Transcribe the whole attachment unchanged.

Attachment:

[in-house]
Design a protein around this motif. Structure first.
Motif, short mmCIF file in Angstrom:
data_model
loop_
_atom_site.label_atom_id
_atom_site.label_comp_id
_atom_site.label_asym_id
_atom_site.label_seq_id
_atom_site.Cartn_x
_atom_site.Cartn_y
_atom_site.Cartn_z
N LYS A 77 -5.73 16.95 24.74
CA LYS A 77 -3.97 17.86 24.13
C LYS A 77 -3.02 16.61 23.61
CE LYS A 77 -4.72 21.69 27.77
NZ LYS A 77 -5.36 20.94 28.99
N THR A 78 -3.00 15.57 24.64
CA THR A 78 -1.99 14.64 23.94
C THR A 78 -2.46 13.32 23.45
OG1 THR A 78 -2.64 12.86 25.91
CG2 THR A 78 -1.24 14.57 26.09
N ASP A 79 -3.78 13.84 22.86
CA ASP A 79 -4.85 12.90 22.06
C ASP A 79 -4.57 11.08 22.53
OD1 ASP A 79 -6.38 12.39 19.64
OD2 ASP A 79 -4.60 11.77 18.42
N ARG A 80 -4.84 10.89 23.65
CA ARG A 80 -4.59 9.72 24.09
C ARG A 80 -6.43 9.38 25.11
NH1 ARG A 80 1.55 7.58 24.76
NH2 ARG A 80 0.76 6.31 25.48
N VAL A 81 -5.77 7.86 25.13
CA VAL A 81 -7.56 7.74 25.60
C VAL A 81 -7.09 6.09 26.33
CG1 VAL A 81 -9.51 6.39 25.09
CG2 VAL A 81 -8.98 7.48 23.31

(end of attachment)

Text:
[in-house]
Design a protein around this motif. Structure first.
Motif, short mmCIF file in Angstrom:
data_model
loop_
_atom_site.label_atom_id
_atom_site.label_comp_id
_atom_site.label_asym_id
_atom_site.label_seq_id
_atom_site.Cartn_x
_atom_site.Cartn_y
_atom_site.Cartn_z
N LYS A 77 -5.73 16.95 24.74
CA LYS A 77 -3.97 17.86 24.13
C LYS A 77 -3.02 16.61 23.61
CE LYS A 77 -4.72 21.69 27.77
NZ LYS A 77 -5.36 20.94 28.99
N THR A 78 -3.00 15.57 24.64
CA THR A 78 -1.99 14.64 23.94
C THR A 78 -2.46 13.32 23.45
OG1 THR A 78 -2.64 12.86 25.91
CG2 THR A 78 -1.24 14.57 26.09
N ASP A 79 -3.78 13.84 22.86
CA ASP A 79 -4.85 12.90 22.06
C ASP A 79 -4.57 11.08 22.53
OD1 ASP A 79 -6.38 12.39 19.64
OD2 ASP A 79 -4.60 11.77 18.42
N ARG A 80 -4.84 10.89 23.65
CA ARG A 80 -4.59 9.72 24.09
C ARG A 80 -6.43 9.38 25.11
NH1 ARG A 80 1.55 7.58 24.76
NH2 ARG A 80 0.76 6.31 25.48
N VAL A 81 -5.77 7.86 25.13
CA VAL A 81 -7.56 7.74 25.60
C VAL A 81 -7.09 6.09 26.33
CG1 VAL A 81 -9.51 6.39 25.09
CG2 VAL A 81 -8.98 7.48 23.31